Text Size

Protecting and Safeguarding NASA Information and Information Systems
By Evelyn Davis and Valarie Burks, NASA IT Security Division, OCIO

What if this article was the national headline across the United States? Is NASA protecting and safeguarding its information and information systems? Is it possible to protect and safeguard information and information systems 24/7?

How can any Federal agency protect and safeguard information and information systems with the new challenges in cybersecurity? What is the first step in meeting this type of challenge? Over the last few years, NASA has promoted the Annual IT Security Awareness Training, which is a mandate for all Federal and contractor employees. The training is the first step toward teaching the NASA community how to protect and safeguard information. The importance of awareness and various activities such as WebEx training sessions on protecting home computers and learning how to detect, prevent, and safeguard against the various malicious code sent through email and Web sites reinforces training and reminders.

Recently, NASA’s Inspector General pointed out in his testimony at a congressional hearing that the Agency had experienced 5,408 computer security incidents in 2010 and 2011. These intrusions resulted in the installation of malicious software or unauthorized access which caused significant disruptions to mission operations, theft of export-controlled data and technologies, and cost the Agency more than $7 million.

In March 2012, the NASA Administrator issued an Agency-wide message on the importance of securing NASA laptops, iPads, and smartphones, which was a major step to strengthen the role of the Chief Information Officer (CIO) and IT security. The Administrator stated, “I take the issue of IT security very seriously—both for our equipment and the information stored on it. Information security maintains the integrity of our programs and ultimately keeps our missions and people safe.”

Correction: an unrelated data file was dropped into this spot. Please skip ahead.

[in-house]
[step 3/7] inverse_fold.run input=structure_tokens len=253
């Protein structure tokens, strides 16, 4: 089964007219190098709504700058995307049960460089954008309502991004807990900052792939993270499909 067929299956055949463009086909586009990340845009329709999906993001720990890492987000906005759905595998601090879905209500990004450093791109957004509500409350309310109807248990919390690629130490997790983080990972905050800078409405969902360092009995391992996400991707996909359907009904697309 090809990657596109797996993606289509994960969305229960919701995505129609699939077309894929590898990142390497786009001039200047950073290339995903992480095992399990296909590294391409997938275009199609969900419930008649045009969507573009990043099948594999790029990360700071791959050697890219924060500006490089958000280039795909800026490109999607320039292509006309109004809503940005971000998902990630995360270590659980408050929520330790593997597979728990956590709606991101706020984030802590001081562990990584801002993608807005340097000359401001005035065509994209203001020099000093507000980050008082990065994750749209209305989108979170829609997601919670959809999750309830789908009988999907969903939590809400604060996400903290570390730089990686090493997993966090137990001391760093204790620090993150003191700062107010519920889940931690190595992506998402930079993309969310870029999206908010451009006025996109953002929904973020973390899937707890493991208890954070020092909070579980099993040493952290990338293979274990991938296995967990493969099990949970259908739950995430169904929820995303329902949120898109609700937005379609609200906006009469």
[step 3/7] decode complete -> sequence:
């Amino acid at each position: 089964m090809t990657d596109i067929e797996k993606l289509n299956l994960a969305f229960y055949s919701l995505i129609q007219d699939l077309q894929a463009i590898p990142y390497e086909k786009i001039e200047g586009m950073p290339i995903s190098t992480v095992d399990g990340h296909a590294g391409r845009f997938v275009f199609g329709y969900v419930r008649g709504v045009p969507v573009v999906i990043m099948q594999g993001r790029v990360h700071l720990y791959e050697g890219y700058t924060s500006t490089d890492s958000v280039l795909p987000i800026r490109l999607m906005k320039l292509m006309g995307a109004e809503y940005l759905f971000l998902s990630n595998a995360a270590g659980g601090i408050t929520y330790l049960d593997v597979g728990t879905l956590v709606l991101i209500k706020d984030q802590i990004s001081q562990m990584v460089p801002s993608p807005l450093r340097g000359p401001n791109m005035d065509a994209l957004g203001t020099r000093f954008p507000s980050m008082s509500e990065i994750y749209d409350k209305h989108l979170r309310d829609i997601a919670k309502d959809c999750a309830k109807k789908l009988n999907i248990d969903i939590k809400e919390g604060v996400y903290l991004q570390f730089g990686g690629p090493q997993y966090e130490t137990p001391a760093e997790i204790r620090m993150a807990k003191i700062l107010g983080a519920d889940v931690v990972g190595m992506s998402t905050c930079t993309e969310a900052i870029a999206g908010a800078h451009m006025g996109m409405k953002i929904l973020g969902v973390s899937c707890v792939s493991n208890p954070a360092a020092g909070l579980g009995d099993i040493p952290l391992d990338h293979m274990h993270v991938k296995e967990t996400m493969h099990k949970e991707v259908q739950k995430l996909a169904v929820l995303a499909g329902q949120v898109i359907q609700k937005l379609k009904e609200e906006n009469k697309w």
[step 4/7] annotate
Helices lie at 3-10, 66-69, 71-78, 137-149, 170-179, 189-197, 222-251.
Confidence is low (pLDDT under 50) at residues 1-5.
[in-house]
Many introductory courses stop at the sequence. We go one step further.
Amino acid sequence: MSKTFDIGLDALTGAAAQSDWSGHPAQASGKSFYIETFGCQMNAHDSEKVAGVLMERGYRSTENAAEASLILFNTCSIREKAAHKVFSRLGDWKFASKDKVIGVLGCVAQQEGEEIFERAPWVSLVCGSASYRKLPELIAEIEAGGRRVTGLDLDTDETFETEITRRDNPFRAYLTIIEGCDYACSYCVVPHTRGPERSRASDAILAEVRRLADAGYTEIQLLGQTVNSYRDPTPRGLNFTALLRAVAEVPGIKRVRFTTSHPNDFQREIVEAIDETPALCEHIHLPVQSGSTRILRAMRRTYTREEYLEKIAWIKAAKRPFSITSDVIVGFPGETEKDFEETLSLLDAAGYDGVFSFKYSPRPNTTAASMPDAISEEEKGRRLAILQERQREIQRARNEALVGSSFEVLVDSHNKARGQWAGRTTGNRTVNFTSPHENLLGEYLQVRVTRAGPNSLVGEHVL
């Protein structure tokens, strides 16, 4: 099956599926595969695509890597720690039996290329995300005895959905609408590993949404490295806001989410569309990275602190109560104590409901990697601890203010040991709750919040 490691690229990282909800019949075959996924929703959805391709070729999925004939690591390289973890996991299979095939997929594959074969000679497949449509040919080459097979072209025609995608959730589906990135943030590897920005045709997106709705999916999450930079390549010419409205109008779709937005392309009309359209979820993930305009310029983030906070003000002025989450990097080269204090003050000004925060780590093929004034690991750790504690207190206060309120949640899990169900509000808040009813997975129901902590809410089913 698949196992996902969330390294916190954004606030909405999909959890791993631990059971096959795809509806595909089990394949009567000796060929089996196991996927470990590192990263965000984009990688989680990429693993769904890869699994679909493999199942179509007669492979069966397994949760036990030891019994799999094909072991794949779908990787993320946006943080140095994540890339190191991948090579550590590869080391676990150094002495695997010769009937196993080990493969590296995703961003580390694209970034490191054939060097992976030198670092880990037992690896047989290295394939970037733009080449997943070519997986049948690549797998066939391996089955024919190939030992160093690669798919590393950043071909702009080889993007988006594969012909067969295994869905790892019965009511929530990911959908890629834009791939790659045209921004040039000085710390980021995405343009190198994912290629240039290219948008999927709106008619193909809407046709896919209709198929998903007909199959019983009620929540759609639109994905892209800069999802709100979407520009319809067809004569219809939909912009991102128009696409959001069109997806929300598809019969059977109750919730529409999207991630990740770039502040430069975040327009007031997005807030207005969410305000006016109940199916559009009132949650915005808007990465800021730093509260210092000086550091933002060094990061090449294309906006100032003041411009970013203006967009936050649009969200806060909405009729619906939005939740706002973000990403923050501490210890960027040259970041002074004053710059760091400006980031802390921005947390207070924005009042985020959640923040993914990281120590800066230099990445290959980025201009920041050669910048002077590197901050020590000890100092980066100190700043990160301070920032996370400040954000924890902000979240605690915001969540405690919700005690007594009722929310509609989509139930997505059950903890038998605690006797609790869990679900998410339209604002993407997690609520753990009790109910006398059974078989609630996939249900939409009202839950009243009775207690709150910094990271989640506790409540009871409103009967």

NASA has a wide array of organizational operations that support its missions. These operations may have different risk tolerances. Understanding these differences and the overall risk to the enterprise is challenging in such a large, diverse organization. To date, the Advanced Persistent Threats, called APTs, have compromised computer networks virtually across every Government and department agency and invaded the systems of nearly every major defense contractor. Therefore, the risk level has increased. Our need to protect information systems and the information stored on NASA equipment is greater than ever before.

The rapid growth of the Internet and its various facets, such as social media sites, wikis, blogs, and Web sites, to disseminate information across the masses is no longer novel. This trend has given rise to rogue elements within the cyber community who misuse the privileges of easy access to a wide audience to cause damage to the security and economic fabric of Federal and non-Federal entities.

NASA strives to continue to be a leader in innovation and technology across the Federal sector. To preserve that legacy, cybersecurity at NASA must be an agile, forward-thinking, and cohesive organization thereby allowing NASA to ensure that the projects, programs, and missions are protected and safeguarded against the ongoing global threats from cybercriminals, hackers, and organized groups. To achieve this goal, all NASA employees must take responsibility for safeguarding the security of NASA information. As a united front, NASA employees can protect, prevent, and preserve information and information systems—the key to beginning a cybersecurity transformation at NASA. Cybersecurity challenges over the next decade demand enhanced collaboration, communication, and resources to meet the emerging and ever-changing threat environment.

The Office of the Chief Information Officer and the IT Security Division remain committed to continued improvement of the IT security posture as the NASA IT security program transforms and matures in the 21st century.